Wednesday, January 2, 2008

Artificial Causality

Previously I said that causality was the foundation for BrainWorks. Since the objective of the AI was to produce bots that seemed human-like, the bots needed to do things humans would do at the same times humans would do them. That "at the same time" restriction is particularly important. A human player will pickup health, armor, weapons, and ammo during a game, and it's not enough to make a bot that also picks up those four kinds of things. If the bot decides to pickup an extra weapon when they are low on health, or armor when they are healthy but low on ammo, then they aren't playing very effectively. It will be obvious to their human opponents that the bots are making mistakes when they die so easily or just don't have weapons to put up a good assault.

When a player picks up health, they do it for a reason: they don't want to die. The proper time is to pickup health is when the player is in danger of dieing. So if a bot is going to do the same things players do at the same times, then:

Bots must do things for the same reasons players do them.

That means making great bots for a first person shooter game comes down to understanding why human players do the things they do. Why do players miss more often against dodging players? Why do players time the respawns of armor but not health or ammo? Why do players choose to fight with a rocket launcher sometimes and a machine gun other times? You have to understand how you play the game before teaching someone else how to play. If only the external details match but not the internal decision process, it's very easy for the bot to appear inhuman, picking up ammo when its low on health and so on.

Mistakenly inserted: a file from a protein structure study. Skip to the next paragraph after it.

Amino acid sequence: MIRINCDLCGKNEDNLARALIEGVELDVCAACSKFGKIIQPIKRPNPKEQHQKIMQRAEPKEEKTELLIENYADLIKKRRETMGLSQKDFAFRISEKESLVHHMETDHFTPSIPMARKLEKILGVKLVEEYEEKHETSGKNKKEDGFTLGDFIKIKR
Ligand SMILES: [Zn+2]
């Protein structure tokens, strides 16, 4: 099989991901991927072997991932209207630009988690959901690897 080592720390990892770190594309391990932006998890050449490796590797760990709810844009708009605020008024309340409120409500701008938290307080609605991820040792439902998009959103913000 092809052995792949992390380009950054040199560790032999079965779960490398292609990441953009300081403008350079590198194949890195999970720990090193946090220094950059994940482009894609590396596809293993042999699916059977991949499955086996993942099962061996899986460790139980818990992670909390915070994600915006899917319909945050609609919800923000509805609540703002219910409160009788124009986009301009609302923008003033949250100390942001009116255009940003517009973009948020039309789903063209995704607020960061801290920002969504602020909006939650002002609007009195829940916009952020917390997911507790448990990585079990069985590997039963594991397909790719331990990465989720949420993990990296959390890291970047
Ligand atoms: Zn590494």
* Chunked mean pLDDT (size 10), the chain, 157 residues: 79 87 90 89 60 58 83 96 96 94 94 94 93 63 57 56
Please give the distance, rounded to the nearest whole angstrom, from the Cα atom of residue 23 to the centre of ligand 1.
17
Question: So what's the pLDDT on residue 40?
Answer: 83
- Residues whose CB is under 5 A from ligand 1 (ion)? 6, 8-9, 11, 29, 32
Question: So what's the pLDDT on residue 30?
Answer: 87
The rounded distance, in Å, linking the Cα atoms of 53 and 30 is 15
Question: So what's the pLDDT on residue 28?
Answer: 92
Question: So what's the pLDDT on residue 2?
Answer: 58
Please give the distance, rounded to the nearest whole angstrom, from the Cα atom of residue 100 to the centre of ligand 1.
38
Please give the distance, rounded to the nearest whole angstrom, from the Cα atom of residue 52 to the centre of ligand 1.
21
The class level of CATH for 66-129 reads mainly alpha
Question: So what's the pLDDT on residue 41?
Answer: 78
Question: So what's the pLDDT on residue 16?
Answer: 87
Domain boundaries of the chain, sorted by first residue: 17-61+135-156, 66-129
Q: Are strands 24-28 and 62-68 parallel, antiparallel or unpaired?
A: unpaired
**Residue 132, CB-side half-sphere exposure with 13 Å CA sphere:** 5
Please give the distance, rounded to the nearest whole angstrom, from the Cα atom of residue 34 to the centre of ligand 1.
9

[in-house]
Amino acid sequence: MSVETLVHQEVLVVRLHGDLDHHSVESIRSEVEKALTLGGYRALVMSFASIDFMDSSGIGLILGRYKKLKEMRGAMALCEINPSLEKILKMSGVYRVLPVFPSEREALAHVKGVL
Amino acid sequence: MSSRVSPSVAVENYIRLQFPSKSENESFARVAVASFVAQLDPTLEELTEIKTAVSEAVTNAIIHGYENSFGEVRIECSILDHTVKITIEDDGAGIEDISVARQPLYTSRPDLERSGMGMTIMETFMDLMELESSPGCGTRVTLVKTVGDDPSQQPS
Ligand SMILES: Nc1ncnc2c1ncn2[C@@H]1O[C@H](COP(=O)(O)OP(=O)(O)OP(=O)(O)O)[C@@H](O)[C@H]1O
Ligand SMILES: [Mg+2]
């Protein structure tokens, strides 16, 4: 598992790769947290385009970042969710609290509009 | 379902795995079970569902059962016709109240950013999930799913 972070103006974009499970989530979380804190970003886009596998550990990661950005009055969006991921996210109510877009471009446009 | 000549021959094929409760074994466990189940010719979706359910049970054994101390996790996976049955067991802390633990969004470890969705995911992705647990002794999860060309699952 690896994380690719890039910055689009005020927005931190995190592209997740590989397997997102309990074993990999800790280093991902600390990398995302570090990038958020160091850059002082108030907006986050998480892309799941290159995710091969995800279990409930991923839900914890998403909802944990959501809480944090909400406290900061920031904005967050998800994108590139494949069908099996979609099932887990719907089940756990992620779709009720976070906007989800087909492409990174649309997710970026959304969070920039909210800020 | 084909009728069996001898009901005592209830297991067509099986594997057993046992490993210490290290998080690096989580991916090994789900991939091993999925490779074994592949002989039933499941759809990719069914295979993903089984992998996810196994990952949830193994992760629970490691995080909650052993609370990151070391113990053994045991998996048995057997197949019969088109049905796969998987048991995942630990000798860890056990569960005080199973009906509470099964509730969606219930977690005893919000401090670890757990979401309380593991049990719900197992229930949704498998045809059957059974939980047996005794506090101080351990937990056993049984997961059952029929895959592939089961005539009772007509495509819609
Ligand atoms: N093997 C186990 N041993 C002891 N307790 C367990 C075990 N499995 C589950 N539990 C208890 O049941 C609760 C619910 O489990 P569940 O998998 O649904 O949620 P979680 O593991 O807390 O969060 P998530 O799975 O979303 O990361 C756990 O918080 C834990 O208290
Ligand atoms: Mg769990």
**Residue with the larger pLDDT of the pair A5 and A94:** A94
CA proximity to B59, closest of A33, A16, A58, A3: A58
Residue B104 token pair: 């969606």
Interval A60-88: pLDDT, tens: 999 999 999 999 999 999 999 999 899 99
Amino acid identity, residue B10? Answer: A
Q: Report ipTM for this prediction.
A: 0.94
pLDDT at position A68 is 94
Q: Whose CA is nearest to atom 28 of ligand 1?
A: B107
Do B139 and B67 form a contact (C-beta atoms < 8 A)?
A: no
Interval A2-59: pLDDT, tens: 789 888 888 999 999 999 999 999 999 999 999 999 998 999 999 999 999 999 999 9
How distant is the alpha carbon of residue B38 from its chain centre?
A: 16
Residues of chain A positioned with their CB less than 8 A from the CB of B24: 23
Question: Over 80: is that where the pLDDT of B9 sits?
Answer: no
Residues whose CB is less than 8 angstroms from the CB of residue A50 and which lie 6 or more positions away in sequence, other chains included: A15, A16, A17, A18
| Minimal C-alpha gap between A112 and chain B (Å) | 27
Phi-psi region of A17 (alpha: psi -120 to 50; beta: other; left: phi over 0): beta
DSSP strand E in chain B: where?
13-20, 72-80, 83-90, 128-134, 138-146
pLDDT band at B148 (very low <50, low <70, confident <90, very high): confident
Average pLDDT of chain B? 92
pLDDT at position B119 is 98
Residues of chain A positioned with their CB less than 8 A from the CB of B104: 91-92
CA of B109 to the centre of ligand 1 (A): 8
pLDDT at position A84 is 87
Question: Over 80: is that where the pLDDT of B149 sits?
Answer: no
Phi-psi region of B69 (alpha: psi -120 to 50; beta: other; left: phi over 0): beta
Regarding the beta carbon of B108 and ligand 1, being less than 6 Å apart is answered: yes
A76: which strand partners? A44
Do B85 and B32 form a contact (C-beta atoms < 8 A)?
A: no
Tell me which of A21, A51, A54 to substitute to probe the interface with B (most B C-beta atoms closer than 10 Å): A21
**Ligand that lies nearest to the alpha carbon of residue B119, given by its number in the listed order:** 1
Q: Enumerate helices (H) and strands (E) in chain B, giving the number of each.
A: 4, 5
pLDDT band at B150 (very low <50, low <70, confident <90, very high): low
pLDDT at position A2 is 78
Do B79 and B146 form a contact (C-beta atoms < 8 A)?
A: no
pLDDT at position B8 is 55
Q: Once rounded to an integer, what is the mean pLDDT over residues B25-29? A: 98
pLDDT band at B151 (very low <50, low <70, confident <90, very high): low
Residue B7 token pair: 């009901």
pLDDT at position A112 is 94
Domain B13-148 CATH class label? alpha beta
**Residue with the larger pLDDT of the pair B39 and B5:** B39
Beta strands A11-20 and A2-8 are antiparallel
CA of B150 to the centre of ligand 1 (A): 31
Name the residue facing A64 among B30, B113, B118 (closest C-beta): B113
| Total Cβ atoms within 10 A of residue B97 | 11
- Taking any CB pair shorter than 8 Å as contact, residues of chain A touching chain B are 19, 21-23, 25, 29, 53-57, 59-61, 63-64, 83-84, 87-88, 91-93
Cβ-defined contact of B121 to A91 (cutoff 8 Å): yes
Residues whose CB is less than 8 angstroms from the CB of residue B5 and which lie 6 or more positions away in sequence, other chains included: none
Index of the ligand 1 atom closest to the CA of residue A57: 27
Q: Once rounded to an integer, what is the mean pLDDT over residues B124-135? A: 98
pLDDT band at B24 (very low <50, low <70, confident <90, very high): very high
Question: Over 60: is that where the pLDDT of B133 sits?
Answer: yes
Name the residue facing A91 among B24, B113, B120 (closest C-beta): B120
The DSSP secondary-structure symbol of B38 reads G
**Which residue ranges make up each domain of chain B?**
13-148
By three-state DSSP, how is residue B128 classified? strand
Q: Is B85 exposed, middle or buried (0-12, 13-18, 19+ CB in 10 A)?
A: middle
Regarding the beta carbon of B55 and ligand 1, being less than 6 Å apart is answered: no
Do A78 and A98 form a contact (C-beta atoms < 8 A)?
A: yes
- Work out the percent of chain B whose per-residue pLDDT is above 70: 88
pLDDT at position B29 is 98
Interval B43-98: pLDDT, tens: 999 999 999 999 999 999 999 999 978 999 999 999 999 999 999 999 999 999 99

This intense focus on well understood focus causality automatically disqualify some important AI tools however: genetic algorithms and neural networks. You can think of these things as black boxes with fixed inputs (eg. your location, what enemies are nearby) and outputs (eg. where to aim, whether to shoot). The boxes try things at random and their effectiveness is graded. Then the most successful ones are mixed together and the process repeats. Eventually you get one black box that does a good job of solving a particular problem with well defined inputs and outputs. For many applications, genetic algorithms are great. You can get 90% or better effectiveness without really knowing how the AI works. In practice that means that 9 times the AI does the right thing and 1 time they do something stupid, but it all washes out in the end.

The problem with using genetic algorithms in BrainWorks is that humans notice a flaws much more than correct decisions. As the ultimate objective is bots that feel human, a bot that does ten things 90% well meets that objective. But a bot that does nine things perfectly and one really stupid thing doesn't.